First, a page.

My teams are always eating the wrong food before practice and games. I will look at them and express my disapproval, but it is hard to stay mad. I emphasize too many other things from a culture standpoint off the court and a principles perspective on the court. Nutrition takes a backseat unfortunately. Players and teams would improve with a nutritious diet leading up to competitions. They also would benefit as adults from developing healthy eating habits. It is a concept that professional coach Brandi Poole mentioned to me, but at the high school level we tend to let kids be kids. Mansfield High Coach Michael Vaughan gave me an alternative idea to try to make nutrition more important to the players.
Hiring a Nutritionist
Two seasons ago, Coach Vaughan’s team hired a nutritionist. It was not free, but many other programs in and around Mansfield are doing it. Each school might have slightly different rules regarding fundraising, but I came away from our conversation thinking a nutritionist could be a good investment.
Why a Nutrition Expert
Hiring a nutrition expert gives the players a chance to hear a different voice. Players listen to the coach two hours per day for three months. They learn to tune the voice out. And let’s face it, the coach’s highest priority is never going to be nutrition. A nutritionist’s voice will be more distinguished with much lower frequency. Given the title and background, they are also much more reputable and more likely to influence a permanent change in the habit of the players.
Will Families Support Nutrition?
Given that the money sent to a nutrition expert and to purchase appropriate food, family support is essential. Parents will quickly endorse this idea and assist in fundraising if need be. Teenagers are the human equivalent of caterpillars eating leaves in the summer. They eat a ton (though most of them don’t eat leaves). As a result, parents consistently need to stock their shelves. Fundraising means one less item to purchase at the grocery store. In many ways, funding healthy food options is more tangible to families than purchasing athletic equipment.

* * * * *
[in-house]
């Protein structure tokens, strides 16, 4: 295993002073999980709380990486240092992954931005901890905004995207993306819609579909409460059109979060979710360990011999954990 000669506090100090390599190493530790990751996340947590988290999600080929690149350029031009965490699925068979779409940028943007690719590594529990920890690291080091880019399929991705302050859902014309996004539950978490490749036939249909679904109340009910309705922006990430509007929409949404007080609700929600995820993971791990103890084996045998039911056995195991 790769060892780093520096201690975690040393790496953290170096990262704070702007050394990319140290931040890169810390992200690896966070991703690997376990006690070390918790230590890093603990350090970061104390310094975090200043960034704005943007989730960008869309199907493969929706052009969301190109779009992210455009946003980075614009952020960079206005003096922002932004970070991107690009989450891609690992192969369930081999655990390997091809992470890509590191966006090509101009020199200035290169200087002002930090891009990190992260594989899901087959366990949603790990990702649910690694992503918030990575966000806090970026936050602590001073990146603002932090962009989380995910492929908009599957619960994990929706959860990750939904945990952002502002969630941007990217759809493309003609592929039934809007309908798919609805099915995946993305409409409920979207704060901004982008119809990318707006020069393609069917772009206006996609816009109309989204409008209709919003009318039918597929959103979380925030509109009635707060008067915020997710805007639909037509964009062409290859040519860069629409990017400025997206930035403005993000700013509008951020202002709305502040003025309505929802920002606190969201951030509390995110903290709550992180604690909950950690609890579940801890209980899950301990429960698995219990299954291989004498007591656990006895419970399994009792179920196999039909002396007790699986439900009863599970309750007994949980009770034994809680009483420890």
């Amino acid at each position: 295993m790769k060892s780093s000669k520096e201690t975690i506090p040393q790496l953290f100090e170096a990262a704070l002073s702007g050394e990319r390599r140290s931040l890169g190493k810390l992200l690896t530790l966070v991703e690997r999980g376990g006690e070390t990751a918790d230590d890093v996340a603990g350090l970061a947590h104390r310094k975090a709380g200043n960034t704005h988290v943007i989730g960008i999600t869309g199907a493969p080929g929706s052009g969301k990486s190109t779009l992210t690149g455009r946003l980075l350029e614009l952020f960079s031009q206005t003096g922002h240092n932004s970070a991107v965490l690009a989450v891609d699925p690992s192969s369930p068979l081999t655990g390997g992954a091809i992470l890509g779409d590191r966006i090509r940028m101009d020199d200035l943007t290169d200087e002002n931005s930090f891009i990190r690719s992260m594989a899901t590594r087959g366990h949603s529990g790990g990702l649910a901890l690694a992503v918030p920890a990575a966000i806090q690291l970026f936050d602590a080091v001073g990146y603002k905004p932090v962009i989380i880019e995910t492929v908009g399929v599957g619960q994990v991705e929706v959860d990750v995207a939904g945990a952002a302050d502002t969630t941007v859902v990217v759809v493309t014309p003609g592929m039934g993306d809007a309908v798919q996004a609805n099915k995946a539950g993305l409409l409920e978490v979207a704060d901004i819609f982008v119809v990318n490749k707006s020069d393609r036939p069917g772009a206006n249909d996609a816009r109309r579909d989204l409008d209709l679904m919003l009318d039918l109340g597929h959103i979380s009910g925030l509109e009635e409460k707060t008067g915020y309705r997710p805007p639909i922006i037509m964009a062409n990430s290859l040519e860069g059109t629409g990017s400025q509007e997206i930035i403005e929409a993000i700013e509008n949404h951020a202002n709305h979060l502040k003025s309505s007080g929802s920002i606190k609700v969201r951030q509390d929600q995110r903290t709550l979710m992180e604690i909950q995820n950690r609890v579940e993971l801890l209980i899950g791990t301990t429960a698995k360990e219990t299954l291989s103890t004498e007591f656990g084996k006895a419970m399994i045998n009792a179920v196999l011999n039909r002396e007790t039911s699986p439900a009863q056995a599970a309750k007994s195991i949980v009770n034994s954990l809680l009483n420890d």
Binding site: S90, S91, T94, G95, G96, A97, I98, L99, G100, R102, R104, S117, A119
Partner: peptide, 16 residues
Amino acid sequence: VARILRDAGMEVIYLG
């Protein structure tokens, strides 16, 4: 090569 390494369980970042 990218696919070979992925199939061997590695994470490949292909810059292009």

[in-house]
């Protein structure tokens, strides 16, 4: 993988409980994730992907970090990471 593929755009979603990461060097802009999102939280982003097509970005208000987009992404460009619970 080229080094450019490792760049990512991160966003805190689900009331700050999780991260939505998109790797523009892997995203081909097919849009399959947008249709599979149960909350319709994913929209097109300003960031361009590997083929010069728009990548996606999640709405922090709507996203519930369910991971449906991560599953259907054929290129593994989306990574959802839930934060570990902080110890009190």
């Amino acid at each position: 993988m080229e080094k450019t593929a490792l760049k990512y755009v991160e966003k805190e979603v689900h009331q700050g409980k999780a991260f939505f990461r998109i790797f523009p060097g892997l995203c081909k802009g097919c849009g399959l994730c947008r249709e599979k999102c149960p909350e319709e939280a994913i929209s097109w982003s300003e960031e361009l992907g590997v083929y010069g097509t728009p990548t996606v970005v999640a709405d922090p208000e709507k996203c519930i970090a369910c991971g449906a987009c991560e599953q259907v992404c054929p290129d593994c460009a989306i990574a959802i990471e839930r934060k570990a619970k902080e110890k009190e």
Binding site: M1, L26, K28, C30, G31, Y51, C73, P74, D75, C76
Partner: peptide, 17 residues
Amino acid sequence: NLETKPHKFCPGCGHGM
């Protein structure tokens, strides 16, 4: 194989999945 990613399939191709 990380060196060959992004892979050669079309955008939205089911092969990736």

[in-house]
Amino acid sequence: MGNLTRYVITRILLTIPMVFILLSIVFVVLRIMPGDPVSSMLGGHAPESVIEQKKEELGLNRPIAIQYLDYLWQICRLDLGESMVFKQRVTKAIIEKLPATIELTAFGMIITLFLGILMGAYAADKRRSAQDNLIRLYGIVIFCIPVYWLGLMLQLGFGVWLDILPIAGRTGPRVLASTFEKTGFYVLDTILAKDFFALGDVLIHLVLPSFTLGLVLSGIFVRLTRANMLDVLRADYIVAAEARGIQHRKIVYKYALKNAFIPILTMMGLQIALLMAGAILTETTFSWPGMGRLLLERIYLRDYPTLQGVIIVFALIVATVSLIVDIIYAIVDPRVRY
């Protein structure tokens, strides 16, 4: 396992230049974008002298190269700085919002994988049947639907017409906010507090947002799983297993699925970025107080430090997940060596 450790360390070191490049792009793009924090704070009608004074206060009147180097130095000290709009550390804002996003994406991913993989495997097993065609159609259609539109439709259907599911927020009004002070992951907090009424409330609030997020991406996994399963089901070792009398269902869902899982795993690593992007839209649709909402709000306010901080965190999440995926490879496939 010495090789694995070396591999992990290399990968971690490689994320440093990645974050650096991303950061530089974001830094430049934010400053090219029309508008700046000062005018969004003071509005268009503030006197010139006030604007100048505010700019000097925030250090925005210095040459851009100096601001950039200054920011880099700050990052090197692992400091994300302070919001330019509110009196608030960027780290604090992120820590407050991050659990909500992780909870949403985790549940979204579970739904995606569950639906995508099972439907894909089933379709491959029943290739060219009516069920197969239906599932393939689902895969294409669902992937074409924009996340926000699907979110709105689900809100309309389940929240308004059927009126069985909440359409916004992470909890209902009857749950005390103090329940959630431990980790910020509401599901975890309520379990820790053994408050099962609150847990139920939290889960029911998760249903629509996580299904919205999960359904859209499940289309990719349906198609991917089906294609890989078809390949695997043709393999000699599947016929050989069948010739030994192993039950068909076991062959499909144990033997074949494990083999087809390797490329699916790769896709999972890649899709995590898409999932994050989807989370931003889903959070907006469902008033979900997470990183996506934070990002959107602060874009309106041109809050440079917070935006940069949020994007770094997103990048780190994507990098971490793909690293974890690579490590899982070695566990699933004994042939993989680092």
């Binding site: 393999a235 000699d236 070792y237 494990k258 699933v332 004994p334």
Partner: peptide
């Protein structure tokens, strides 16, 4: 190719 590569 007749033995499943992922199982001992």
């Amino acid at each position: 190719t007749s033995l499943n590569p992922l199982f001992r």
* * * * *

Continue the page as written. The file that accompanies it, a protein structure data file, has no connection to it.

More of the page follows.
The Competitive Advantage of Nutrition
The value of nutrition is most essential in road games according to Coach Vaughan. In a world where players ignore nutrition, they grab whatever they can find in the cupboard after school. The usual pre-meal snacks of champions include Oreos, Doritoes, and Skittles. If they have a license it probably means a trip to the Drive Thru. After stuffing their face, they hustle back to school to catch a 4:00 bus. The varsity players might get a slice of pizza or another “I hate my health fix” from the Frito Lay and Mars corporations during the JV game. Finally, it is time to lace up the shoes. The players will not have had any quality calories to burn and by halftime they will be at a disadvantage compared to any similarly skilled player with healthy eating habits.
The Logistics of Bringing Nutrition to the Players
Asking players to eat granola bars or bananas will result in the players in the top 25 percentile in discipline on your team following through. Coach Vaughan orders food from a local deli. Players can text their orders or submit it through a Google Spreadsheet. From there, Coach Vaughan’s players are eating close to 3:00. That allows players to have a meal about three and a half hours before tip.
Even on days with an unusual start time (vacations for instance), the team plans out the eating for the day for the players. I know it seems terribly unlikely, but occasionally a teenager likes to sleep in. Mansfield will plan out when to get breakfast so that these players are in an optimal position to compete come game time.
As a coach, you can rest knowing that your players are not going hungry and they are receiving the proper nutrients required for competition. I like this idea especially for road games which are much more taxing on everyone’s time when you add in the transportation.